Saturday, April 6, 2013

One Result If DOMA is Struck Down: Immigration Benefits For Gay Couples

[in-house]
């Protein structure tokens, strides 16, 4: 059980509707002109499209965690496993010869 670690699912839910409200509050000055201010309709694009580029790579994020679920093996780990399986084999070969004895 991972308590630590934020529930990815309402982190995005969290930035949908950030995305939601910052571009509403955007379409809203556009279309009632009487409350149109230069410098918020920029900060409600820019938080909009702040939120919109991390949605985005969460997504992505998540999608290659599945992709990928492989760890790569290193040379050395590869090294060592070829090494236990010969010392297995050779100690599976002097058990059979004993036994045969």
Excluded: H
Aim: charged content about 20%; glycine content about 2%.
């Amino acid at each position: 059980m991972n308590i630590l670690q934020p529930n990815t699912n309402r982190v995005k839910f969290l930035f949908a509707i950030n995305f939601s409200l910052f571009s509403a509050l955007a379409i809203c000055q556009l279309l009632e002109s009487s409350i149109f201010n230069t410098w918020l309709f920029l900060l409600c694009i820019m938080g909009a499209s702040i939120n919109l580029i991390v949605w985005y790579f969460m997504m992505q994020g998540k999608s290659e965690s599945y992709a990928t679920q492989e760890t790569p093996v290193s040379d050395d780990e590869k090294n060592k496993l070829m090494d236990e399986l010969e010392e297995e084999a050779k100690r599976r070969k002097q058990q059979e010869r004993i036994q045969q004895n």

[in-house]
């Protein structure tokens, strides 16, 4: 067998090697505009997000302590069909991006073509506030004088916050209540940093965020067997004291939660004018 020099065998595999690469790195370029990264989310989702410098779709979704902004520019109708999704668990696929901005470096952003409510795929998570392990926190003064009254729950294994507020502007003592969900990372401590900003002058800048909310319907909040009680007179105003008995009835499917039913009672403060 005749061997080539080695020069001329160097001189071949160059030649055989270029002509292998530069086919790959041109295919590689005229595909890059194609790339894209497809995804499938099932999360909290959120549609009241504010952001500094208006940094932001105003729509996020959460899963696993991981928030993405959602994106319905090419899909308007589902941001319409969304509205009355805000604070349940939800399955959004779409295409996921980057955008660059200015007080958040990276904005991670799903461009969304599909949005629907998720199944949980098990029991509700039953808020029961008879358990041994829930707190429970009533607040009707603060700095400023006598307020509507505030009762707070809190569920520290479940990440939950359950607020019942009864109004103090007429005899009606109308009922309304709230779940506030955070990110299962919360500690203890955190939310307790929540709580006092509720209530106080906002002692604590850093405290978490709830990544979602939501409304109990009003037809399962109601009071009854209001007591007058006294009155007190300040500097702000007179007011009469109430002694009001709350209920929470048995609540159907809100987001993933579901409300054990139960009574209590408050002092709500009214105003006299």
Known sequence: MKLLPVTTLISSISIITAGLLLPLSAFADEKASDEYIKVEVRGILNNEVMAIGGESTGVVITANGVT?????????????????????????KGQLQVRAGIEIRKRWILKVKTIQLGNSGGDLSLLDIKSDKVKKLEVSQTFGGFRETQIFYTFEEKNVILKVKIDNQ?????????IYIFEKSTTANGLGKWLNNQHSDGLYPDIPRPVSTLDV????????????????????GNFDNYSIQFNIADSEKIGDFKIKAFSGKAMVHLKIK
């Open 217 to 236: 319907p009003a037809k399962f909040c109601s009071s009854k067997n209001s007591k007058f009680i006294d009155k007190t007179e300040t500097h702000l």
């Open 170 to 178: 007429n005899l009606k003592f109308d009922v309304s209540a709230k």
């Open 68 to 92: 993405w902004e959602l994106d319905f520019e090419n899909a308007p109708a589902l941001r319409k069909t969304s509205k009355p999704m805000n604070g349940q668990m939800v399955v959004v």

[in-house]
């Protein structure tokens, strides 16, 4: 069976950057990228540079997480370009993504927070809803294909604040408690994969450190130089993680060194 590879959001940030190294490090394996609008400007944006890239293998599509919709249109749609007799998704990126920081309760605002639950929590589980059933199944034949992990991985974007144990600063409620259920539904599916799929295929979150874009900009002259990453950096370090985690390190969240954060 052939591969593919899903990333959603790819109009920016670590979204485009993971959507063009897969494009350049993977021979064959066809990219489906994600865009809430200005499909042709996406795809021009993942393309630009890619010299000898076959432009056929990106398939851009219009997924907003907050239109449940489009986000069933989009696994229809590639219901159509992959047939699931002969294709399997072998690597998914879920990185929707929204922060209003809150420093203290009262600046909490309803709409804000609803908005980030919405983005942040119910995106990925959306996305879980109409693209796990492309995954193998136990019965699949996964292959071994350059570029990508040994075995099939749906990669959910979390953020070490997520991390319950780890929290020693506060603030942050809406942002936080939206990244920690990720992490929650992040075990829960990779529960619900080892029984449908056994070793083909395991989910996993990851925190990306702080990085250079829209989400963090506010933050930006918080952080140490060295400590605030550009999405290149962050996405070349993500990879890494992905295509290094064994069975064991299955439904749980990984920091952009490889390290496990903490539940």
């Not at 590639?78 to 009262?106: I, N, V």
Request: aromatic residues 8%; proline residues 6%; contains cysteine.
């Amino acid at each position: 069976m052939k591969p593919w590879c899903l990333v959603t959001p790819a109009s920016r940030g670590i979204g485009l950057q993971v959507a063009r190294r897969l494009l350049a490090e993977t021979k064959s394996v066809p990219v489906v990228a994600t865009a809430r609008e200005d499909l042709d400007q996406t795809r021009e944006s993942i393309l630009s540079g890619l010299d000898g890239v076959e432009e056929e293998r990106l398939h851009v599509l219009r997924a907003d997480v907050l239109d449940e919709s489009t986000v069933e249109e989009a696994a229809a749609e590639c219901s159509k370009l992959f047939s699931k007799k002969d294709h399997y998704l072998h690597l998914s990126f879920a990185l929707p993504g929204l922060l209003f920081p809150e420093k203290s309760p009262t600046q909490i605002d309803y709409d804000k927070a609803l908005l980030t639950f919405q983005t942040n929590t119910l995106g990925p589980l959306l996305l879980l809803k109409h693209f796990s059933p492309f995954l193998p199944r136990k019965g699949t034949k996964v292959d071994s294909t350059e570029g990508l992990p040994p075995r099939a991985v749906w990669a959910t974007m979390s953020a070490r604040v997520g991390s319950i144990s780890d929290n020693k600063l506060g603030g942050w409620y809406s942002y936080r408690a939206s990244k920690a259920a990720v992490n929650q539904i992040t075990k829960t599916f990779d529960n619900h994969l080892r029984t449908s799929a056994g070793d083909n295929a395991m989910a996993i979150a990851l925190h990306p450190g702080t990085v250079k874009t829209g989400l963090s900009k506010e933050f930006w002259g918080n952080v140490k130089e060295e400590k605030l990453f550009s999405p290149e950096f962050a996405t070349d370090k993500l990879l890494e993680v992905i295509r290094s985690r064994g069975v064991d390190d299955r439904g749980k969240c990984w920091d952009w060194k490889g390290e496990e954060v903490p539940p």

Lavi Soloway, an attorney who represents same-sex married couples on immigration issues, said he expects his clients will be able to apply for green cards for their spouses as soon as DOMA is struck down, no matter which state they reside in. That's because in immigration law, your marriage is recognized if it's valid in the place where it was performed. In estate tax, the specific case Kaplan and Alito talked about, a marriage is considered valid only if it's recognized in the state you are residing in when your spouse dies. If DOMA is struck down, then, it will probably lead to a case by case analysis of the 1,138 federal statutes that use marriage as a factor to see which benefits gay couples who move away from states that grant same-sex marriages will qualify for. In some of those statutes—such as estate tax exemptions—the place of residence will be the deciding factor, while in others, such as the ability to apply for a green card for your spouse, it will only matter where your marriage license was issued. In cases where it's not clearly spelled out, it will most likely be up to the federal agency to decide whether the marriage is valid or not. Read the full article here.